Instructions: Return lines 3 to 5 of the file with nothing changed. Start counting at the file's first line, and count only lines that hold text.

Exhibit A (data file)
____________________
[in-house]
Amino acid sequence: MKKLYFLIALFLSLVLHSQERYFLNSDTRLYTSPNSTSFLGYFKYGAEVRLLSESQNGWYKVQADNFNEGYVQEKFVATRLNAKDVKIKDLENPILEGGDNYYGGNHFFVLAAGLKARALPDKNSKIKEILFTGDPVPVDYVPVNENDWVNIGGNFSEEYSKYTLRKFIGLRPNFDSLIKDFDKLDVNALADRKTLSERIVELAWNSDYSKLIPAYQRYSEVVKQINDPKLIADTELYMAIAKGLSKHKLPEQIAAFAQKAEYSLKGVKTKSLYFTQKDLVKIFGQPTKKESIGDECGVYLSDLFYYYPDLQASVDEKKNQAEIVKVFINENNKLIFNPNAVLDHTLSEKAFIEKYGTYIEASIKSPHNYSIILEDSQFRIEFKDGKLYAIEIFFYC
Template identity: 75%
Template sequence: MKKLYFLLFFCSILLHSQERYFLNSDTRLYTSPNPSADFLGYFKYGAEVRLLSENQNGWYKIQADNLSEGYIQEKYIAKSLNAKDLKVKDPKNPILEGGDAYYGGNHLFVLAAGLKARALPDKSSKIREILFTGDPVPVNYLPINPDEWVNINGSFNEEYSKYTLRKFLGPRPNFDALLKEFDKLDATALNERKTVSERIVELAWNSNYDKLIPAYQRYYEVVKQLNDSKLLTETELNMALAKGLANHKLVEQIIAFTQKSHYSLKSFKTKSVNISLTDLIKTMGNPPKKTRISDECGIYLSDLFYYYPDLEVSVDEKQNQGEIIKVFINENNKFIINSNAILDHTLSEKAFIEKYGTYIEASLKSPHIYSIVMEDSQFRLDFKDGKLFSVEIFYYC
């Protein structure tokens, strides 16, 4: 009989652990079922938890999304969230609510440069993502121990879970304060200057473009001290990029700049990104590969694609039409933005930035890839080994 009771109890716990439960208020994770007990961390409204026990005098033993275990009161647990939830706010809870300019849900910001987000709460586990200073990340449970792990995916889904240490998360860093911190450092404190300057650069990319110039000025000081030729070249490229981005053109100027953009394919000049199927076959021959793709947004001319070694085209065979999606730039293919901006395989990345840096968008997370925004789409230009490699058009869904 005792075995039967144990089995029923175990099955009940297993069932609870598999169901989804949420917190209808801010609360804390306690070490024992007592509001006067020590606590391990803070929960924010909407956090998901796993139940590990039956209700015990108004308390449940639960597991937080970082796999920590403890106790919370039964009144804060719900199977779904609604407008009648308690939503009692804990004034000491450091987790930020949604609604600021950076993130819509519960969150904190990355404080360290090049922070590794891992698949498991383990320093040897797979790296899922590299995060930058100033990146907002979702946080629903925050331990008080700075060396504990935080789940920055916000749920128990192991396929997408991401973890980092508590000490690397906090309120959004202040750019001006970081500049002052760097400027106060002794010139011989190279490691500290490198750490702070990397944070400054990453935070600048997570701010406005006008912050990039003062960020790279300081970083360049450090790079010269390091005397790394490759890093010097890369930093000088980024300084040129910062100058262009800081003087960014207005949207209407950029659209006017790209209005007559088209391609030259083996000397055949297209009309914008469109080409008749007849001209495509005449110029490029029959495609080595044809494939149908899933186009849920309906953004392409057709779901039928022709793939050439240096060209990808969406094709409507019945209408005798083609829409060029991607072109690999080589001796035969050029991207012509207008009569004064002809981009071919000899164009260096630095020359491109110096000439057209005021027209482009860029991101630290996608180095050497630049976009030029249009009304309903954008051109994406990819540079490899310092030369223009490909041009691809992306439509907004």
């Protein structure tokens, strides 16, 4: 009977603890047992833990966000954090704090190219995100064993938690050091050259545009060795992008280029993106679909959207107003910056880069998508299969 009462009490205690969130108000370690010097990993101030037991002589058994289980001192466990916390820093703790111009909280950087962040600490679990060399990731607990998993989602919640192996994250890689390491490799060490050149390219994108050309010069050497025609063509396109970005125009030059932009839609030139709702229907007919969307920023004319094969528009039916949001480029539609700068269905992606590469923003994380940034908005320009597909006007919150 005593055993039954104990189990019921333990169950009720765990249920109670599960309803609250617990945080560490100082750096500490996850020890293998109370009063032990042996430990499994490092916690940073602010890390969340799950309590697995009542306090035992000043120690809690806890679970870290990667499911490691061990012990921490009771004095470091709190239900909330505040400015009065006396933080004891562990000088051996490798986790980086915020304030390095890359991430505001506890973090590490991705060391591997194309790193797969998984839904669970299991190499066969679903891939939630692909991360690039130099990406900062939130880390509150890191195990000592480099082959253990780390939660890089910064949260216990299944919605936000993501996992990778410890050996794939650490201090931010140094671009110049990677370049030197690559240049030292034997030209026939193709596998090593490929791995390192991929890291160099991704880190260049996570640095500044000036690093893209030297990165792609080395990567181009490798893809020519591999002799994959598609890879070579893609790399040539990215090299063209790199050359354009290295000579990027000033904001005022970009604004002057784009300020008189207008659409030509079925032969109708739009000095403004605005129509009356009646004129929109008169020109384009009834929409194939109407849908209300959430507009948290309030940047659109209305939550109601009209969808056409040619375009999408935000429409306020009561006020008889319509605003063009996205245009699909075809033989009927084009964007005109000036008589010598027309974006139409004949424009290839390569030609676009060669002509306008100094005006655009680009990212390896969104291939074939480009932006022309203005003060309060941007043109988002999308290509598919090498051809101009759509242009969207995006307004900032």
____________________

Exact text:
Template identity: 75%
Template sequence: MKKLYFLLFFCSILLHSQERYFLNSDTRLYTSPNPSADFLGYFKYGAEVRLLSENQNGWYKIQADNLSEGYIQEKYIAKSLNAKDLKVKDPKNPILEGGDAYYGGNHLFVLAAGLKARALPDKSSKIREILFTGDPVPVNYLPINPDEWVNINGSFNEEYSKYTLRKFLGPRPNFDALLKEFDKLDATALNERKTVSERIVELAWNSNYDKLIPAYQRYYEVVKQLNDSKLLTETELNMALAKGLANHKLVEQIIAFTQKSHYSLKSFKTKSVNISLTDLIKTMGNPPKKTRISDECGIYLSDLFYYYPDLEVSVDEKQNQGEIIKVFINENNKFIINSNAILDHTLSEKAFIEKYGTYIEASLKSPHIYSIVMEDSQFRLDFKDGKLFSVEIFYYC
């Protein structure tokens, strides 16, 4: 009989652990079922938890999304969230609510440069993502121990879970304060200057473009001290990029700049990104590969694609039409933005930035890839080994 009771109890716990439960208020994770007990961390409204026990005098033993275990009161647990939830706010809870300019849900910001987000709460586990200073990340449970792990995916889904240490998360860093911190450092404190300057650069990319110039000025000081030729070249490229981005053109100027953009394919000049199927076959021959793709947004001319070694085209065979999606730039293919901006395989990345840096968008997370925004789409230009490699058009869904 005792075995039967144990089995029923175990099955009940297993069932609870598999169901989804949420917190209808801010609360804390306690070490024992007592509001006067020590606590391990803070929960924010909407956090998901796993139940590990039956209700015990108004308390449940639960597991937080970082796999920590403890106790919370039964009144804060719900199977779904609604407008009648308690939503009692804990004034000491450091987790930020949604609604600021950076993130819509519960969150904190990355404080360290090049922070590794891992698949498991383990320093040897797979790296899922590299995060930058100033990146907002979702946080629903925050331990008080700075060396504990935080789940920055916000749920128990192991396929997408991401973890980092508590000490690397906090309120959004202040750019001006970081500049002052760097400027106060002794010139011989190279490691500290490198750490702070990397944070400054990453935070600048997570701010406005006008912050990039003062960020790279300081970083360049450090790079010269390091005397790394490759890093010097890369930093000088980024300084040129910062100058262009800081003087960014207005949207209407950029659209006017790209209005007559088209391609030259083996000397055949297209009309914008469109080409008749007849001209495509005449110029490029029959495609080595044809494939149908899933186009849920309906953004392409057709779901039928022709793939050439240096060209990808969406094709409507019945209408005798083609829409060029991607072109690999080589001796035969050029991207012509207008009569004064002809981009071919000899164009260096630095020359491109110096000439057209005021027209482009860029991101630290996608180095050497630049976009030029249009009304309903954008051109994406990819540079490899310092030369223009490909041009691809992306439509907004």